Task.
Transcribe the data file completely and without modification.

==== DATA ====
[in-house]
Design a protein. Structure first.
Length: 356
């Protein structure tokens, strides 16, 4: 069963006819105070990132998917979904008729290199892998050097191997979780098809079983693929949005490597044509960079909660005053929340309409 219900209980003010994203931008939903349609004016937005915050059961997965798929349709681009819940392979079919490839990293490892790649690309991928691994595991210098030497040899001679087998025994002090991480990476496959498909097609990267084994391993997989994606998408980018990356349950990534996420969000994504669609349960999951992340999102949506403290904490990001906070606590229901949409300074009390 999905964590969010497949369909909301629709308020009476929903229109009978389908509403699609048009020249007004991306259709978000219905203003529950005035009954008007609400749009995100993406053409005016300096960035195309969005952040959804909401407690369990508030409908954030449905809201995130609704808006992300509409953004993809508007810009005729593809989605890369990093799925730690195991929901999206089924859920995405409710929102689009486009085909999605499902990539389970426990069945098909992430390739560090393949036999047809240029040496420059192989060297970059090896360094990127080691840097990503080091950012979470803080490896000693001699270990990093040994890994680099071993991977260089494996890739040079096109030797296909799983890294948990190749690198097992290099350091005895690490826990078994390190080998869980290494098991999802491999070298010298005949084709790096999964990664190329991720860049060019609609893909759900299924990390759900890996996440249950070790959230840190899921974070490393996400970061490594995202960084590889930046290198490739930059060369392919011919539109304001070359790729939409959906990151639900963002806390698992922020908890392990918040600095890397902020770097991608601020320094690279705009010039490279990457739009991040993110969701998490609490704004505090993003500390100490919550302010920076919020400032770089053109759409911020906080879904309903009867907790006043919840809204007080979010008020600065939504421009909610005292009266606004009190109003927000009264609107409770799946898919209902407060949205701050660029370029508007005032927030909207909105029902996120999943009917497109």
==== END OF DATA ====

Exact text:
[in-house]
Design a protein. Structure first.
Length: 356
């Protein structure tokens, strides 16, 4: 069963006819105070990132998917979904008729290199892998050097191997979780098809079983693929949005490597044509960079909660005053929340309409 219900209980003010994203931008939903349609004016937005915050059961997965798929349709681009819940392979079919490839990293490892790649690309991928691994595991210098030497040899001679087998025994002090991480990476496959498909097609990267084994391993997989994606998408980018990356349950990534996420969000994504669609349960999951992340999102949506403290904490990001906070606590229901949409300074009390 999905964590969010497949369909909301629709308020009476929903229109009978389908509403699609048009020249007004991306259709978000219905203003529950005035009954008007609400749009995100993406053409005016300096960035195309969005952040959804909401407690369990508030409908954030449905809201995130609704808006992300509409953004993809508007810009005729593809989605890369990093799925730690195991929901999206089924859920995405409710929102689009486009085909999605499902990539389970426990069945098909992430390739560090393949036999047809240029040496420059192989060297970059090896360094990127080691840097990503080091950012979470803080490896000693001699270990990093040994890994680099071993991977260089494996890739040079096109030797296909799983890294948990190749690198097992290099350091005895690490826990078994390190080998869980290494098991999802491999070298010298005949084709790096999964990664190329991720860049060019609609893909759900299924990390759900890996996440249950070790959230840190899921974070490393996400970061490594995202960084590889930046290198490739930059060369392919011919539109304001070359790729939409959906990151639900963002806390698992922020908890392990918040600095890397902020770097991608601020320094690279705009010039490279990457739009991040993110969701998490609490704004505090993003500390100490919550302010920076919020400032770089053109759409911020906080879904309903009867907790006043919840809204007080979010008020600065939504421009909610005292009266606004009190109003927000009264609107409770799946898919209902407060949205701050660029370029508007005032927030909207909105029902996120999943009917497109």